Garden of Gray

Photo by Thgusstavo Santana on Pexels.com

A trail of brown boxes line the sidewalk, leading to a moving truck with other memories piled inside.

Today, a family moves out of their small gray home, a sad shadow of the vibrant yellow one beside it. Bright as a lemon and absent of anything sour. Except for the Gray family, who were stoic, all carrying moving boxes in methodical procession and silence.

When they finished, they took one last look inside the house. Old corners adorned themselves in the finest webs vacated by the last owners. They inhaled the stale air, the familiar aroma of old memories and knick-knacks, things that were special to them on display for the entire family to gaze upon. All gone.

The vibe was off, yet potent, unseen, and detrimental to the soul. They had to get out.

Their last steps past the overgrown weeds is a memory of a challenge faced, accomplishments and failures, strange growth in the shadows of pain. The Grays didn’t tend to this garden; they were moving on.

After their solemn departure, the small gray house vanished, while the yellow stood alone, waiting.

~    

Today, a family emerges from their vibrant yellow home. Inside, shelves are full, reflecting the Grays and their knick-knacks. Old and new memories merge. Outside, rows of flowers line the house, blooming in rediscovered bliss. It is what they nurtured with hope in the years of gray gloom.

Scattered across their front porch, the Grays sit in silence, smiling, watching the sunrise together of a new day, and a new chance.

Truth Beyond Flesh

Art by Kirsten on PENUP/Snapseed

Dreary graphite drip,

strands of silver silk draped

serene perfection.

Controlled,

edited expressions —

artificial masks of glee

atop bitter misery.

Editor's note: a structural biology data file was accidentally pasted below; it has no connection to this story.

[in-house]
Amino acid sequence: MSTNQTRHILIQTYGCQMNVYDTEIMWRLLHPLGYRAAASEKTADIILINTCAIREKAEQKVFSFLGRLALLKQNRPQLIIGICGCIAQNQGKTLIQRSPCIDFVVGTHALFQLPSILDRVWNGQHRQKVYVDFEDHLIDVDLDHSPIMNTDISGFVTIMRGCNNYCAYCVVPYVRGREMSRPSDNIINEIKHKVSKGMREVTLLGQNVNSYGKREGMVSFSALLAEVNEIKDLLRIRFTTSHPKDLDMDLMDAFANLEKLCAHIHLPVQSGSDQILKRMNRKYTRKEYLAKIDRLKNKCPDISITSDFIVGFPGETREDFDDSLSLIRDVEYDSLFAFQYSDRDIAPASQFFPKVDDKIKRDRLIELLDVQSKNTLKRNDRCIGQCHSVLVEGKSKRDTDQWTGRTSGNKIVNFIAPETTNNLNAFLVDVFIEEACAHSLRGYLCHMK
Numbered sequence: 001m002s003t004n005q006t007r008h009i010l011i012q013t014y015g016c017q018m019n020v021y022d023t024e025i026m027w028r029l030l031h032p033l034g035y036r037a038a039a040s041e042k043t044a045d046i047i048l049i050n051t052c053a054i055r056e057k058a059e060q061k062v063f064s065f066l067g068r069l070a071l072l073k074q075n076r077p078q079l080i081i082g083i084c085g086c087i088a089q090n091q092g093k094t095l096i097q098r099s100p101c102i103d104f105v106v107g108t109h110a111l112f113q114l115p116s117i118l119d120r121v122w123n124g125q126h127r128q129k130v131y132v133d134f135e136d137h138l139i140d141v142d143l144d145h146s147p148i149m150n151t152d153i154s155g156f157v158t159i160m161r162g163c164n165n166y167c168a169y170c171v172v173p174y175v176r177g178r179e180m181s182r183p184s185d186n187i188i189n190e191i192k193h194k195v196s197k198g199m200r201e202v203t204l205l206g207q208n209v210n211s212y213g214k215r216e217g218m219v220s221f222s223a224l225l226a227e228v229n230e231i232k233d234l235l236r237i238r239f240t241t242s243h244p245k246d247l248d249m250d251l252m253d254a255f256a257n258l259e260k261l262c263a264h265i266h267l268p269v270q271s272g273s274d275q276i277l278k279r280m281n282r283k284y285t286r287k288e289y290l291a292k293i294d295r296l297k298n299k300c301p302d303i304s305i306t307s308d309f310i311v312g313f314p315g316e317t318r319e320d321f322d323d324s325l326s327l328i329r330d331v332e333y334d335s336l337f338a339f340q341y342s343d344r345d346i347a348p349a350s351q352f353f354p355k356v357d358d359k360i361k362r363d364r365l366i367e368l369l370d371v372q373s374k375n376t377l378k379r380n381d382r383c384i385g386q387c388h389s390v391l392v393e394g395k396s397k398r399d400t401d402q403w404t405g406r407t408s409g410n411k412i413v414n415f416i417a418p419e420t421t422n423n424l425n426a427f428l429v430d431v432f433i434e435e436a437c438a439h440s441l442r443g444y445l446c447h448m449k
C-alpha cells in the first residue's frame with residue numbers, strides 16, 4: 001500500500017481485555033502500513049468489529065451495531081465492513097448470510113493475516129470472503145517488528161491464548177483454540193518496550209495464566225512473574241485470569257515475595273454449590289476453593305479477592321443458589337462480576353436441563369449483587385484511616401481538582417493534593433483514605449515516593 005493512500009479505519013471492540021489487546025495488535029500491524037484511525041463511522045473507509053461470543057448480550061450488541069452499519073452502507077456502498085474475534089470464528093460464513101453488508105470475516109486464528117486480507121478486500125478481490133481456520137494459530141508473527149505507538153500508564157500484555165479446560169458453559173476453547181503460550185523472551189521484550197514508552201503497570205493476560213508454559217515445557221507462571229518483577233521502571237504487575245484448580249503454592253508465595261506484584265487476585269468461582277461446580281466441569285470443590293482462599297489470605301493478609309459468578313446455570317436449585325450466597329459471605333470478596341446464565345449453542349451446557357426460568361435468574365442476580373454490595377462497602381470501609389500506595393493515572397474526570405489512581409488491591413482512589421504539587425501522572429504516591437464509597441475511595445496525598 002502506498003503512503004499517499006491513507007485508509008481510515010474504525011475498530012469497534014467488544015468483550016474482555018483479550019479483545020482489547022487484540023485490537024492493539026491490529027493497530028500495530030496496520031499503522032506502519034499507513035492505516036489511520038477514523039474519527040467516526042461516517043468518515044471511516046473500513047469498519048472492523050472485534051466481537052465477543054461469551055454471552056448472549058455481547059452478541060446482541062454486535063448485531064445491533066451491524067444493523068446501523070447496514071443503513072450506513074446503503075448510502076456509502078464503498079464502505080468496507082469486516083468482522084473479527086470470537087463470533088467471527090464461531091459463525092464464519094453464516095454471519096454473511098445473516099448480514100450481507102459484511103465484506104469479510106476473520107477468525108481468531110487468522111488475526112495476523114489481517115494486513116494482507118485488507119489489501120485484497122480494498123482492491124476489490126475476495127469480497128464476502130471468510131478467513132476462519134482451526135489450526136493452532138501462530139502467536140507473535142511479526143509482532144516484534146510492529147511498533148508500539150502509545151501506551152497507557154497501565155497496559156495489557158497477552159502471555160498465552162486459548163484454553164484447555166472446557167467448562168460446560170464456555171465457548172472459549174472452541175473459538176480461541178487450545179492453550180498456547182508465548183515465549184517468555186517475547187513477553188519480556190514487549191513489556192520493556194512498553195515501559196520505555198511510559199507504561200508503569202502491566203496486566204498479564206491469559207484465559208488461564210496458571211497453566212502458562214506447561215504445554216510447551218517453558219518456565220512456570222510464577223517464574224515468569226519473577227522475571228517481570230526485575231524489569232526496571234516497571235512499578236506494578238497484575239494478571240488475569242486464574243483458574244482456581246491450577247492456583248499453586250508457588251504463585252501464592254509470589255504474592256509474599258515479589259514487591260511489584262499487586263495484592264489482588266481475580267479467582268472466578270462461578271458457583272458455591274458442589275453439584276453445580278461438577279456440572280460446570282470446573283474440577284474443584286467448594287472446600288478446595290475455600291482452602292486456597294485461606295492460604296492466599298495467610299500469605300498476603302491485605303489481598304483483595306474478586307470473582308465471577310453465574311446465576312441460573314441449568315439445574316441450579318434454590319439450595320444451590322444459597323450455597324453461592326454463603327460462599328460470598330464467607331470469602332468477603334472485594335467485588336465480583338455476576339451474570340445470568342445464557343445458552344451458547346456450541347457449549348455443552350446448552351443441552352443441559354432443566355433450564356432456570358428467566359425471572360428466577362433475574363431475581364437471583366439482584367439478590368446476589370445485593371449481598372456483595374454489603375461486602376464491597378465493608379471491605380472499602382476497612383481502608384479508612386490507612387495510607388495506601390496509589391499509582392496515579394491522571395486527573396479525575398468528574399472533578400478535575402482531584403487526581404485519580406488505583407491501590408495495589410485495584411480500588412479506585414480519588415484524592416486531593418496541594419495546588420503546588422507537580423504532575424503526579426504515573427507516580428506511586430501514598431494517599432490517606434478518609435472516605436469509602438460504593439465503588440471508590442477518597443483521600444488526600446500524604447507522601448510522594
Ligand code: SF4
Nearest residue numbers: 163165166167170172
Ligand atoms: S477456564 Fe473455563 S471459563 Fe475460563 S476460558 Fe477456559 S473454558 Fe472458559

Door Talk

Photo by George Becker on Pexels.com

Most of his companions thought he was a captive the way he interpreted his home life: “Just wait until you’re 18, man. It’ll get better when you’re an adult,” they’d reassure him.  

At home, the teen felt free within the cluttered confines of his room. Only upon cravings for food and drink would he emerge in a mad dash to the kitchen and back to avoid the constant questions and suffocating concern of his parents. Their hopes of a productive conversation with their son often resulted in faint, rushed responses through a locked door. 

Why doesn’t he talk to us? Where did we go wrong? Mother and Father wondered, reliving the happier days when their son was little and enjoyed their company. Now, they were a nuisance. Sometimes it was simpler to just leave their son be.  

“We’ll always be here for you, no matter what,” his parents reminded him every day.  

They prayed for their son’s success as a writer, encouraging him from afar with every tap, tap, tap, of the keyboard behind the locked door into the late hours.  

He’ll hear us one day. 

And as time went on, the son became a father facing a similar dilemma. His daughter scoffed at every hello and shunned questions, avoiding his presence to great lengths until she needed something which made him feel used. He knew these tricks, the evasion.  

But why me? I was always the cool one. 

Water grew thicker than blood as friends replaced him and his famous adventure novels she once held dear, left to collect dust on the bookshelf, old news. 

Why doesn’t she talk to me? 

The epiphany struck a heavy blow. Now, the son, the father, heard them.  

“I’ll always be here for you. No matter what.” He couldn’t believe the same words moved from his lips, his parents were somewhere above smiling. And there was no response from his daughter other than the familiar sound of soft brushstrokes. 

He knew deep down she would hear him. One day… 

Dawn’s Healing

Art by Kirsten on PENUP/Snapseed

Sometimes

waterfalls break

from glassy pools

of temporary gloom.

Evaporate

in slumbers arrival;

troubled thoughts

left to darkness,

forgotten,

in Dawn.